In the indictment, prosecutors called the Silk Road “[t]he most sophisticated and extensive criminal marketplace on the Internet today.” For almost three years, it was a public marketplace for drugs, computer viruses and malware, forged passports, AR-15s, rocket launchers—you name it. It was Hell’s Amazon. But its founder claims it was as much an experiment in libertarian economics. That was Ross Ulbricht, a former Eagle Scout who adopted the name Dread Pirate Roberts (DPR) when he became the web designer, IT manager, CEO/CFO, and publicist for the international enterprise.

By the time the site reached its second year, you could anonymously purchase drugs from any of the more than 6,625 listings in the Silk Road catalog. Or you could browse over to a chat room called the Dread Pirate Roberts Book Club to join DPR in a discussion of “agorism, counter-economics, anarcho-capitalism, Austrian economics, political philosophy, freedom issues and [other] related topics.” This library annex included a wide variety of heavyweight libertarian-recommended readings. With a tap of your browser button, you were taken back to the crowded aisles of the selling floor with the heroin traffickers and gun runners.


Ulbricht was 26 when he began work on a hobby-project that would later become the Silk Road. He grew up in Austin, Texas, and was an exemplary student, finishing his formal studies with a master’s degree in molecular physics at Penn State. American Kingpin recounts Ulbricht’s tenure as the webmaster of the Silk Road (February 2011 to October 2013). The book is true crime but with an assortment of characters that almost seem fictional. DPR’s closest partner was a shadowy figure called Variety Jones, a man he would never meet in person. On the law enforcement side, there was Carl Force of the DEA. Force insinuated himself into DPR’s inner circle as a dealer called Nob. By the end of the story, Nob had legal issues of his own. The FBI agent who took down the LulzSec hackers of Sony Pictures in 2011 also is part of the team, as is Gary Alford, the IRS agent who reads everything three times. Alford played a key role by pursuing an odd, obscure set of evidentiary details.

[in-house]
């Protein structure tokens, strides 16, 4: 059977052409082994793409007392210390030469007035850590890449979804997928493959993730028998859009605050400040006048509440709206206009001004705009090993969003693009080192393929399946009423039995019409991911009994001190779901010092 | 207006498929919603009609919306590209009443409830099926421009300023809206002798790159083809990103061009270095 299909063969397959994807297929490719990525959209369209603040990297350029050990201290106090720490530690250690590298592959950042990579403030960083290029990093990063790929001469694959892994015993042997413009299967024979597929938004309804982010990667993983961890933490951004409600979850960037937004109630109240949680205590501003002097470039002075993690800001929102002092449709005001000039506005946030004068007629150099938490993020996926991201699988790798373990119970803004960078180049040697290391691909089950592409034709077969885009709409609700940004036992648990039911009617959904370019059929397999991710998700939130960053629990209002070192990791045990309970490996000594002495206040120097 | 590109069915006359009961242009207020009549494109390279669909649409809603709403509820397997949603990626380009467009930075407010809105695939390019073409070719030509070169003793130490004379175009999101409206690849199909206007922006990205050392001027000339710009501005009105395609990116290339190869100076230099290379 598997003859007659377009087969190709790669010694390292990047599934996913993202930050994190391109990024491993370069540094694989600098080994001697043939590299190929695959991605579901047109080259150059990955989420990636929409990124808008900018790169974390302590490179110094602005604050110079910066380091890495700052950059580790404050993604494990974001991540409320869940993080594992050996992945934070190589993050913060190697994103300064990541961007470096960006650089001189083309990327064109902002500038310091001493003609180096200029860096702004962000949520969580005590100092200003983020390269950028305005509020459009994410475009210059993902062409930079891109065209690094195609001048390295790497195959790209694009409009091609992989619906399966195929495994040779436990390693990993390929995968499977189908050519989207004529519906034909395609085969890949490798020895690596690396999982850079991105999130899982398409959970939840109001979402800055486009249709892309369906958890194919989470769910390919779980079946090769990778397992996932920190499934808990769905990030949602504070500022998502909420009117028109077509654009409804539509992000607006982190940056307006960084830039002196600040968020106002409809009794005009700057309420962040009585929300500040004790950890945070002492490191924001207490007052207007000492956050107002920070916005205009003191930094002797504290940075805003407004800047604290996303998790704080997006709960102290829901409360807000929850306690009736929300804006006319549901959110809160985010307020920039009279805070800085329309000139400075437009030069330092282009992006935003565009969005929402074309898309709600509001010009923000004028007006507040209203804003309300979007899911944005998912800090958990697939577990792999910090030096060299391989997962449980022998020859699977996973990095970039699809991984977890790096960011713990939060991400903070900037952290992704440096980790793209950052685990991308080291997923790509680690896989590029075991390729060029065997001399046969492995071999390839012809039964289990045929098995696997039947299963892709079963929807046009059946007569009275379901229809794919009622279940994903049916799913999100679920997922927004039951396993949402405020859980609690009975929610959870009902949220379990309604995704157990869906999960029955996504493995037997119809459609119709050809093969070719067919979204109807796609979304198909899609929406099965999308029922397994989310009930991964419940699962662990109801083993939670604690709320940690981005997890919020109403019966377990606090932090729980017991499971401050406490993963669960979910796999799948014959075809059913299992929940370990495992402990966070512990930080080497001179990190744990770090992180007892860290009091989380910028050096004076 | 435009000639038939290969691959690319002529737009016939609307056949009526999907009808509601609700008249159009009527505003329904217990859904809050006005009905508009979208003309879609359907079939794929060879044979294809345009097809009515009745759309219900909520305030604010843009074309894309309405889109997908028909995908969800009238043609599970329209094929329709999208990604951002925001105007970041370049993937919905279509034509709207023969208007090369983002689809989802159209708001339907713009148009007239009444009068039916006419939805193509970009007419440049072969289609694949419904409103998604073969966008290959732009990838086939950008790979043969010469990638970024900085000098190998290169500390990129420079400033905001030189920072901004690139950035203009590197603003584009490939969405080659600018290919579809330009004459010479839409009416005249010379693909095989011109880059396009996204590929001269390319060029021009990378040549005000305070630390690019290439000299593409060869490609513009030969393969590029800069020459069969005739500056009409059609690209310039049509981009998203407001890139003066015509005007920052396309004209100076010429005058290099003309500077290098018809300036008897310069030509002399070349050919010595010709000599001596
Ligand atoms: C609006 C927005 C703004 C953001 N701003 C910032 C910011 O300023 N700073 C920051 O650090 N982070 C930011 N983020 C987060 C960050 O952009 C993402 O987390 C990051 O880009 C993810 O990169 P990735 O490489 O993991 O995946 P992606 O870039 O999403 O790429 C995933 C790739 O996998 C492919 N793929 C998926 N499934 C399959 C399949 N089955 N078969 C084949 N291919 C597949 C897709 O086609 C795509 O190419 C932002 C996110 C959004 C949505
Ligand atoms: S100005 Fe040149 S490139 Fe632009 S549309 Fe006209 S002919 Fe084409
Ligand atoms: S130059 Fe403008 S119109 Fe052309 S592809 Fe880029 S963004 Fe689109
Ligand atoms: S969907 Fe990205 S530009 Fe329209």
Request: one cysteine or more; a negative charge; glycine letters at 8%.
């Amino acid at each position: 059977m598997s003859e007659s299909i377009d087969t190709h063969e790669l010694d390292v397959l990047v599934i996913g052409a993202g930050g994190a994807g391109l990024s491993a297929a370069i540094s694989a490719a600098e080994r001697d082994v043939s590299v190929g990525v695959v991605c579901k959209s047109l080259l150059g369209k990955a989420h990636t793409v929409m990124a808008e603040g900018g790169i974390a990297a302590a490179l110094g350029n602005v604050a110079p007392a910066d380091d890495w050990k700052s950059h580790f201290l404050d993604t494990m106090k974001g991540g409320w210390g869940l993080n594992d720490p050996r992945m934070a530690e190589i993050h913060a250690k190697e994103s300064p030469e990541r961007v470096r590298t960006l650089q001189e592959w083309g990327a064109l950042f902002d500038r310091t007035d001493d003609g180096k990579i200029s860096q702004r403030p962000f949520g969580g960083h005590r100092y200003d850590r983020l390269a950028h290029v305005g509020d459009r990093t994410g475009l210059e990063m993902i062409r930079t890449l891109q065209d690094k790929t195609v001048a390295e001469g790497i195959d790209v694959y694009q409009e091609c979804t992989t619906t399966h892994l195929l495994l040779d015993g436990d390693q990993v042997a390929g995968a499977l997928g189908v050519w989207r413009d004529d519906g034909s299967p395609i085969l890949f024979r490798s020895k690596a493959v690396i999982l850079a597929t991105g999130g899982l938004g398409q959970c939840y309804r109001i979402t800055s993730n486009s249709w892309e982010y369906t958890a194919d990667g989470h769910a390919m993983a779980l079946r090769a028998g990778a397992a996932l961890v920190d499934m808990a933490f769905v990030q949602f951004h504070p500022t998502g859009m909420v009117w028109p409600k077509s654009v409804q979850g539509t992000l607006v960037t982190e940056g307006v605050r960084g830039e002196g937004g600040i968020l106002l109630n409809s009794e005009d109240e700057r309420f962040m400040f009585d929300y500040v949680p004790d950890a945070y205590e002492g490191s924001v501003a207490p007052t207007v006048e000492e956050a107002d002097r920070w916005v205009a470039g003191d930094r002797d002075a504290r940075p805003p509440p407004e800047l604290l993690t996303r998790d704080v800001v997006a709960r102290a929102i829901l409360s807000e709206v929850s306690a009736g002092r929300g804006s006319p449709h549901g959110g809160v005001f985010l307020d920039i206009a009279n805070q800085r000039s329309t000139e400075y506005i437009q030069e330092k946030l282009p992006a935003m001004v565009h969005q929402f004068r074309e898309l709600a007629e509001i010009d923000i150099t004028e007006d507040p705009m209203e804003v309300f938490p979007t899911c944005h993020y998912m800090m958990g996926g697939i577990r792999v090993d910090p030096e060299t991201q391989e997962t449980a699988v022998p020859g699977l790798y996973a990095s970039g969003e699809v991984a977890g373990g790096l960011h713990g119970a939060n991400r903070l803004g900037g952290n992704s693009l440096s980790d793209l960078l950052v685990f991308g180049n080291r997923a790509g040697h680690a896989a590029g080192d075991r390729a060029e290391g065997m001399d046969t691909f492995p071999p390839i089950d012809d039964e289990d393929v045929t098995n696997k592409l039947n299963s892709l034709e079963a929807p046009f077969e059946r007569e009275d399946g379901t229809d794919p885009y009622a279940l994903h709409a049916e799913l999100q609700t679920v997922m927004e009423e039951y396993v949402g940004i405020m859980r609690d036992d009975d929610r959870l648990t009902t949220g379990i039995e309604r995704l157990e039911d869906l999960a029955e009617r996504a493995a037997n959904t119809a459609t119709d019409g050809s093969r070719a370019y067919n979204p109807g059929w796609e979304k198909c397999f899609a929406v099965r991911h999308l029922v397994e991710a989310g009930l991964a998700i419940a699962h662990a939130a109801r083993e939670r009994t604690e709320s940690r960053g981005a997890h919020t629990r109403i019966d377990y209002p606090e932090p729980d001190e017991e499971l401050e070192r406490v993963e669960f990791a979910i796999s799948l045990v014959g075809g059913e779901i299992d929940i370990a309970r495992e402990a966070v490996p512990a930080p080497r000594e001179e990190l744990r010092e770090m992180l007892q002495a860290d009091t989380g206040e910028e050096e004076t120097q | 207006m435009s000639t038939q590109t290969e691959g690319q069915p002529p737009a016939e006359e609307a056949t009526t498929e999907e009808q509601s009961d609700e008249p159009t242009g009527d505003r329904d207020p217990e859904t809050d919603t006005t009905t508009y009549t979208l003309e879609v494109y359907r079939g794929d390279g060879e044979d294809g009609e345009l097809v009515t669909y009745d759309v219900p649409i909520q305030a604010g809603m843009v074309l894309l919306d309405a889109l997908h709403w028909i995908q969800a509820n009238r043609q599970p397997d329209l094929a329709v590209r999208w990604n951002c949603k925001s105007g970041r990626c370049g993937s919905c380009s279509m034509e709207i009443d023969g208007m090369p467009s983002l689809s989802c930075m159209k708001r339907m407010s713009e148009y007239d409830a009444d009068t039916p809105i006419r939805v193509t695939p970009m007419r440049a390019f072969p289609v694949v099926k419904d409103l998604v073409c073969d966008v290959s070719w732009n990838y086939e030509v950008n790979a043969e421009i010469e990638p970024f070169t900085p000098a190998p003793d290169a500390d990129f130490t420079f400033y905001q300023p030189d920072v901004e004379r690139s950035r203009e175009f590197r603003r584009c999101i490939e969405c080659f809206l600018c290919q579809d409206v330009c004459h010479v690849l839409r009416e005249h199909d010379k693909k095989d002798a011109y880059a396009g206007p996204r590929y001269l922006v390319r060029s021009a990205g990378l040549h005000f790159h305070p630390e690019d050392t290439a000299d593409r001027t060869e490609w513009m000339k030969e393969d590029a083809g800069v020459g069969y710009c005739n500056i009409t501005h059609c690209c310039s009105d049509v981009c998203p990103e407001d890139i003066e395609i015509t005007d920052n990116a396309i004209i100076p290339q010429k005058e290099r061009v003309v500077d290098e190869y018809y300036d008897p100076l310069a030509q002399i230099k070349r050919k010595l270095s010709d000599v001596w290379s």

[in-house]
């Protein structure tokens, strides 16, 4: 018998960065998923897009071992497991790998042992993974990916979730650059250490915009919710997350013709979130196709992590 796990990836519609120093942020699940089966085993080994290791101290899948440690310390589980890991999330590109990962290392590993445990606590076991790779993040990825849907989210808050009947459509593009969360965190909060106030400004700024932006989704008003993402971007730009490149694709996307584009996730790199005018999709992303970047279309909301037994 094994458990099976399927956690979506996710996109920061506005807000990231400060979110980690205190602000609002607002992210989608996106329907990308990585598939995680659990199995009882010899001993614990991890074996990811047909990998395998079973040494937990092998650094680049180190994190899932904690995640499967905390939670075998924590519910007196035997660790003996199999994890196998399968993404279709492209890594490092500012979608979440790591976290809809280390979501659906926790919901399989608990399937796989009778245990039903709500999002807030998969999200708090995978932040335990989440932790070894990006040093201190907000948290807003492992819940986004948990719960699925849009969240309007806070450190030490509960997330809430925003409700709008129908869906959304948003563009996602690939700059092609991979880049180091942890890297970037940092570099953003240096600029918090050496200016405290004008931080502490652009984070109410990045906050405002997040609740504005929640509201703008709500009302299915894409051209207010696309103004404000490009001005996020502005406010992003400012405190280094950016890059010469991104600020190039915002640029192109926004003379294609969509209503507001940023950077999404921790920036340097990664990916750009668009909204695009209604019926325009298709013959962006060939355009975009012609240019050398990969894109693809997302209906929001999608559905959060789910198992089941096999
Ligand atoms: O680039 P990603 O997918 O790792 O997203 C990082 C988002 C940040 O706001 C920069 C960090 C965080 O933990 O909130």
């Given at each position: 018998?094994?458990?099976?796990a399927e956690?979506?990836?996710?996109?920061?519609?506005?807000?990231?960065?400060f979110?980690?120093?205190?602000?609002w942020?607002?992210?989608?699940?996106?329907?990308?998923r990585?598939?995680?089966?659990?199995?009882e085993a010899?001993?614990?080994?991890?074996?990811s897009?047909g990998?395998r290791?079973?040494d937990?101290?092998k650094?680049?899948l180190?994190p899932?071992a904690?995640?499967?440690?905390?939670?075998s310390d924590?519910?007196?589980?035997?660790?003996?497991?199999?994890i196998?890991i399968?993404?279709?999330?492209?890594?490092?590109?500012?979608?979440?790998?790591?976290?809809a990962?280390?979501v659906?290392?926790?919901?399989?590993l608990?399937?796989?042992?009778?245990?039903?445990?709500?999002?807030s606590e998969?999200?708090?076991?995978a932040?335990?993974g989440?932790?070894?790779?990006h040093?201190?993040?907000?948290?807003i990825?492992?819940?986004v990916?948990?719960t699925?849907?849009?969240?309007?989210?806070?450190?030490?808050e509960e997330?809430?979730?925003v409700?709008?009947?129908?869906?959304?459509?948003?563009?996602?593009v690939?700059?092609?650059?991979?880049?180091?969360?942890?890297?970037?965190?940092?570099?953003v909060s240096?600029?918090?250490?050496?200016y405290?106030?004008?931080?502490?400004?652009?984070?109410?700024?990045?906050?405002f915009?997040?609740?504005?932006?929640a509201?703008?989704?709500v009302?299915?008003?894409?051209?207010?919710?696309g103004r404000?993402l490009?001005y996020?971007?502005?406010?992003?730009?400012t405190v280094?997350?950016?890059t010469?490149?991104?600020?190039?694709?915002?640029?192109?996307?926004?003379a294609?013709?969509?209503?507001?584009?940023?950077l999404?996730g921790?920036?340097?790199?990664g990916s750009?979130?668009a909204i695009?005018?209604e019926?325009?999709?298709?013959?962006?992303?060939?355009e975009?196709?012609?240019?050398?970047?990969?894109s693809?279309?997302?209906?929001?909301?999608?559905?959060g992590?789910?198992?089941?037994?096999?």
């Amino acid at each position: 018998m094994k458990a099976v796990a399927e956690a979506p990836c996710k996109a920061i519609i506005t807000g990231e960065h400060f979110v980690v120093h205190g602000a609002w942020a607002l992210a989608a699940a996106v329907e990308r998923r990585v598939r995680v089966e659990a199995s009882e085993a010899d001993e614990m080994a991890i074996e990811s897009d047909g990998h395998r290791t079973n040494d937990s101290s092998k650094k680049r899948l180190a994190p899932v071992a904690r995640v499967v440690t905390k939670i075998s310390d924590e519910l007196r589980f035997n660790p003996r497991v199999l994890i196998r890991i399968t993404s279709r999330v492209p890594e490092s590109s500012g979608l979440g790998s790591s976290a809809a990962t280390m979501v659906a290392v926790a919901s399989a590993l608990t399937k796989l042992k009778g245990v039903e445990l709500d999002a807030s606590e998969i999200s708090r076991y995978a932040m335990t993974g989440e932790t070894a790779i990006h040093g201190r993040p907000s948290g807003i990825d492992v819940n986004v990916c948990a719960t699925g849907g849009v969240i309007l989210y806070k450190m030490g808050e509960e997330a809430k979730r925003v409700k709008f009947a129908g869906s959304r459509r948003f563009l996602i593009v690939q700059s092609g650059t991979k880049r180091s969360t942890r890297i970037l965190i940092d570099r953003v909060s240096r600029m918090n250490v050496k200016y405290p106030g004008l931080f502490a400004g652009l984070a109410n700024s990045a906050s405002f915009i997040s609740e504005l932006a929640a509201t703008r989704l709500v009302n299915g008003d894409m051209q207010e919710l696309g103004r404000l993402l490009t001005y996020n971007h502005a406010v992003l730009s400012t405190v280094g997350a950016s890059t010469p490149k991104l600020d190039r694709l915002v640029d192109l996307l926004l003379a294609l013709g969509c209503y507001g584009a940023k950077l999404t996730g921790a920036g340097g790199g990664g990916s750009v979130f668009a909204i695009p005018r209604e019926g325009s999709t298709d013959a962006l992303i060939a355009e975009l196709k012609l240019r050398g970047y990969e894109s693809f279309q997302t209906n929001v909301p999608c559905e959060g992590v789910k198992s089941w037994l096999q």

A second, underlying layer of the story addresses the three engines of the Silk Road that enabled it to function as efficiently as it did. Each provided its own guarantee of anonymity. DPR required customers to use the Tor browser, which enabled them to visit and purchase anonymously. Tor stands for “The Onion Router,” and it provides security by sending browsing through several layers of anonymous servers. The second engine, PGP encryption, scrambled and locked the content of DPR’s emails, and the third, Bitcoin, provided an untraceable currency to be used like PayPal or credit cards. All three of these tools are universally available, without cost, to anyone who has an internet connection.

There was also the encryption that automatically locked down the content of Ulbricht’s laptop whenever he closed the lid of his Samsung 700Z. Authorities were never able to identify what that system was, nor could they crack it once his seized laptop stopped working for them. For general protection against hackers, Ulbricht had help from programmers he vetted and hired online. But despite their efforts, at the end, he was paying $50,000 a week in ransom to those threatening to launch denial of service attacks like the ones that had, in the past, temporarily knocked the Silk Road site offline. It was much cheaper to pay the ransom than lose the retail time.

Ulbricht ran the site from a single encrypted laptop that he didn’t let out of his sight. Yet despite the modest resources for his investment, he was reported to be worth $28.5 million at the time of his arrest. His three essential freeware security tools kept law enforcement from discovering who he was, where he was operating from, and where the corporate profits were being stashed. Today, Ullbricht is locked away for life, with no possibility of parole, in a federal prison in New York City. His most recent legal appeal was denied in May 2017.

Bilton’s book is a fascinating cautionary case study that offers a disturbing look at commerce on the dark web.

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